I cannot count the number of times I looked at my watch that evening. True to his words, he took us in 15 minutes flat. Now, ten minutes left when he left us beside the station in a by lane. We thanked him profusely. Every nano second would count now. We had to cross the road and walk, nay run, some distance [with luggage] to get into the Station. Eight minutes to go. We briskly crossed the road, already perspiring. From where we crossed the road, we saw the tail of a train. The station gate was many metres away to the left.
I tried to visualize that scene on paper now. Remember it was 9 pm and dark. This is what we saw before we crossed the road:
There was a compound wall which was slightly taller than my shoulder that looked surmountable and the nearest route for us to be 'on some platform'! Much younger Shivu climbed first after keeping the luggage on the wall. We climbed the high wall like thieves escaping to safety. I had to pull myself up, holding the edge of the wall, right leg first up, stomach scraping the top of the wall, sitting, jumping down, picking up luggage and running for the train. Which train, where was our train? Time, 3 minutes left.
We dreaded the fact of searching and running to another platform or crossing tracks. But to our luck, the train we had seen was ours! The board displayed on the bogey showed it! This was about 40 feet from the compound wall we had just jump-crossed. To add to our luck, even our compartment was right there, in front of us, may be the third or fourth from the last!! And we need not run anymore at all! What a relief! No sooner had we settled our luggage beneath our seats, we felt the jerk. The train was moving. The time was 9.10. We had made it! Call what you may, cliff-hanger, filmy style.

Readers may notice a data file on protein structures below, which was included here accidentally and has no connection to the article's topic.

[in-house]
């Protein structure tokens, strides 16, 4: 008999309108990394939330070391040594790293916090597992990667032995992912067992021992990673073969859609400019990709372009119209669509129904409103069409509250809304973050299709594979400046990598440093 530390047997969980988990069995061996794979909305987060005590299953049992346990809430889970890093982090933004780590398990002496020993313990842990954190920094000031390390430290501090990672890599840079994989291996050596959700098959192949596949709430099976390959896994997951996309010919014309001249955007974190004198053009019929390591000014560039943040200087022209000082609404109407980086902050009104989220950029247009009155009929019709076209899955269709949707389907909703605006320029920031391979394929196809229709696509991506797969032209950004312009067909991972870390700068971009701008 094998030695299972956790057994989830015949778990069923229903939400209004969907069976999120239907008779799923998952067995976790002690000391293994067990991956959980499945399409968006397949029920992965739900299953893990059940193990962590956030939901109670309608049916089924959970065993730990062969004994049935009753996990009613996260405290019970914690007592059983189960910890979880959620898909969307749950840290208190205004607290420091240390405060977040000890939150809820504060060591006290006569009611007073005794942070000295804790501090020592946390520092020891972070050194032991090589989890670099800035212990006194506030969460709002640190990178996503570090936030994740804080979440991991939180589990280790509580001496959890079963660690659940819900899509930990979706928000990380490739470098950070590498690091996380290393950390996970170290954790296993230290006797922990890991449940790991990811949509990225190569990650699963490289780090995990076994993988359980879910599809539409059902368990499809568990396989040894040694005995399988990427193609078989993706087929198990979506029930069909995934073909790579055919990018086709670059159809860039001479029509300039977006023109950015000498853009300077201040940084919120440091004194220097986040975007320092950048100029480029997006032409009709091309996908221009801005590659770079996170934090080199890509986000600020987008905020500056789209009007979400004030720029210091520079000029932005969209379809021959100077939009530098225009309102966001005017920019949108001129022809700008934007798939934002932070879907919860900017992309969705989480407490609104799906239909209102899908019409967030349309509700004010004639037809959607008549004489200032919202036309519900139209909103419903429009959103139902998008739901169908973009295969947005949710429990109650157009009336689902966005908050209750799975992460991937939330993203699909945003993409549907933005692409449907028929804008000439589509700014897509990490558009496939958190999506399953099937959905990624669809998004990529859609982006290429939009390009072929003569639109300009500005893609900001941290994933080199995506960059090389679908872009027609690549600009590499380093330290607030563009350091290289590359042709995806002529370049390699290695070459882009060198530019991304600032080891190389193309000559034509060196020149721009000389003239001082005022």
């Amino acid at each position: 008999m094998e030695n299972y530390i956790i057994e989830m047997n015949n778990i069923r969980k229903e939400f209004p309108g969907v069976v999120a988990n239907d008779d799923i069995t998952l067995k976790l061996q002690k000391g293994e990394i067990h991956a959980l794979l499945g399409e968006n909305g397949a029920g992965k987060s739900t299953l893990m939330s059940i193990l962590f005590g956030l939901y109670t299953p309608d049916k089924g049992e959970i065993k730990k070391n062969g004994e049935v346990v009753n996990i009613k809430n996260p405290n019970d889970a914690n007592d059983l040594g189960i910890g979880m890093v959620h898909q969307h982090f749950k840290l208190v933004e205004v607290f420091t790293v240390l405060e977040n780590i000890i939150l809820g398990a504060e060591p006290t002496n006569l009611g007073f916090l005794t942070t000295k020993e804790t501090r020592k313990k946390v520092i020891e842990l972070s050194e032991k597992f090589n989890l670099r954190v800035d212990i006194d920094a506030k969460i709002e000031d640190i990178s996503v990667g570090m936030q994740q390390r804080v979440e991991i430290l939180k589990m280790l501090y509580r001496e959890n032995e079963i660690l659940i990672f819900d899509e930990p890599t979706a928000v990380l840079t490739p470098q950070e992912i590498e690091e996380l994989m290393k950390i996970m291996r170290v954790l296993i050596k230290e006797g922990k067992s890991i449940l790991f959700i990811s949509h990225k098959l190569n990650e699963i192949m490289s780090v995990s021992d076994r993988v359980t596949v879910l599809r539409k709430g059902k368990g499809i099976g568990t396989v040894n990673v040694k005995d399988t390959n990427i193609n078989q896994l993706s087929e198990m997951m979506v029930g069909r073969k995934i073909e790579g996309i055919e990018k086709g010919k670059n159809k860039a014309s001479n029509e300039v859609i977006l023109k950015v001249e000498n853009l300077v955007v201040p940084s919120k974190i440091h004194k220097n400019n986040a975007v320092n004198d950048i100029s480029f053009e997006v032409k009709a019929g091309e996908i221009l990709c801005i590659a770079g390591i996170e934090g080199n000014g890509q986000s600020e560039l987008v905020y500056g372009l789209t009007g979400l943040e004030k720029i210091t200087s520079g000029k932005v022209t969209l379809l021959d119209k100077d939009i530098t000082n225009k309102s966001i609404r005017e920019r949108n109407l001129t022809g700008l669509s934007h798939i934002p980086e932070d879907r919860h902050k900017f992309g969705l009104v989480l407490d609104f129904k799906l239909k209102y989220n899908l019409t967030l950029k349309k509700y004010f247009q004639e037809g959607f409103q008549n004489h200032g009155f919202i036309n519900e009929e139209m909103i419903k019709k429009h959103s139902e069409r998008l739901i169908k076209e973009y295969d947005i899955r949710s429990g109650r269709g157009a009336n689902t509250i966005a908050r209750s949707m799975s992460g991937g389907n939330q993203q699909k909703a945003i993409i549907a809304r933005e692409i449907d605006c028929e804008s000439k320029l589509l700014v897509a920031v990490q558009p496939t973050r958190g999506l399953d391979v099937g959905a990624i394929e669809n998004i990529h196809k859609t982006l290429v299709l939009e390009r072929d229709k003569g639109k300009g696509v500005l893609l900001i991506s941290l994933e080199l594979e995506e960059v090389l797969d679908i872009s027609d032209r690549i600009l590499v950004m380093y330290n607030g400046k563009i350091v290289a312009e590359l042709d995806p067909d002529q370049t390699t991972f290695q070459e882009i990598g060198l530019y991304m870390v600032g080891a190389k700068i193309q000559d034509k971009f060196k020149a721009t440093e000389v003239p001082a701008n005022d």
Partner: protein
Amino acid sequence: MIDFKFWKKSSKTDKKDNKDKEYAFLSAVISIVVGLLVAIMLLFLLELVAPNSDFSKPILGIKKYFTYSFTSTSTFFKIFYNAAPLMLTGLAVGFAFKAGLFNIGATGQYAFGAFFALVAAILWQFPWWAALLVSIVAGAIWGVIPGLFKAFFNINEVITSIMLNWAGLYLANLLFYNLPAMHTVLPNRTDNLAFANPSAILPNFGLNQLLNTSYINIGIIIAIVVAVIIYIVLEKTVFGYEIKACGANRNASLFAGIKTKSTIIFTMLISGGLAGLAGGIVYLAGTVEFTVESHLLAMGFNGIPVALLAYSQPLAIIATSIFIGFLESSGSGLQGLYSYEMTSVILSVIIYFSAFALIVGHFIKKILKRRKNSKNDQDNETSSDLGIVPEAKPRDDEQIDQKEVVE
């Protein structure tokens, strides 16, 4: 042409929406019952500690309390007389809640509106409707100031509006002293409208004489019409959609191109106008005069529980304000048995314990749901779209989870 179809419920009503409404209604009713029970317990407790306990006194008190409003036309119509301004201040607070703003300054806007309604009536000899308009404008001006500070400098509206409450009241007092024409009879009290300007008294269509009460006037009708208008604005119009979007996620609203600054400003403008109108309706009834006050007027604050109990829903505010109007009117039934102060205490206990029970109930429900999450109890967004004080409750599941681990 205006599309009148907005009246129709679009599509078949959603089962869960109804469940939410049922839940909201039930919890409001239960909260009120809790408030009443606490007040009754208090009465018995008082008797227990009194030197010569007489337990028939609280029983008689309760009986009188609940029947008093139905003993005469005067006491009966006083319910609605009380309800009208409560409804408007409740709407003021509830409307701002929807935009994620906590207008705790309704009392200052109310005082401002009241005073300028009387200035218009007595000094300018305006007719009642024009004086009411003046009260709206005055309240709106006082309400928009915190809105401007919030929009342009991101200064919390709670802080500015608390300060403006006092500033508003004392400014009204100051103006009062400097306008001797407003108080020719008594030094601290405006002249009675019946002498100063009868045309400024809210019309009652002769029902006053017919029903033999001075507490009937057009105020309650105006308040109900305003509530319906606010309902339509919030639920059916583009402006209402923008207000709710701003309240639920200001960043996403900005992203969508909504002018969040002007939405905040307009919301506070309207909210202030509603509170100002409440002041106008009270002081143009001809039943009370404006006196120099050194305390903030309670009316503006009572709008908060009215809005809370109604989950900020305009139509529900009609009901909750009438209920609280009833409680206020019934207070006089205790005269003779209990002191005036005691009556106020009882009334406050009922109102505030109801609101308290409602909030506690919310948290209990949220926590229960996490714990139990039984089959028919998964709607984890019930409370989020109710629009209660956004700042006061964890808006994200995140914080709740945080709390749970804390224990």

We had spilled all the 'cushion time' in Mysore itself. This post need not have been written if I had a simple mobile phone and established contact with Shivu. Ha, now suddenly I recall that I had attempted to contact him from the public booth nearby at half past four but "switched off" was the message. What to do?
The tournament from our team's perspective turned out to be one not to remember.
Let me tell another 1994 story in brief.
Our club cricket team had gone to Kumbakonam. I was to join the team 3 days later for further matches. Mohan Ram was accompanying me in the bus journey which was about 12 hours total time. We expected to be well ahead early morning for our match at 8 am. We had started at 4pm. On the last stretch, the next morning as we closed in to the destination, some farmers' agitation had blocked traffic for 2 hours. I remember we brushed our teeth during the blockage, beside the road. When we landed at our hotel, it was quarter to 8 and when we rushed to the ground after dumping the luggage and quickly changing to our cricket gear, our captain had made the toss and we were to take the field. I played almost right off the bus...the engine sound still ringing after the overnight journey by ordinary seat. We won the match and eventually after two more matches in the next two days, we ended runner-up.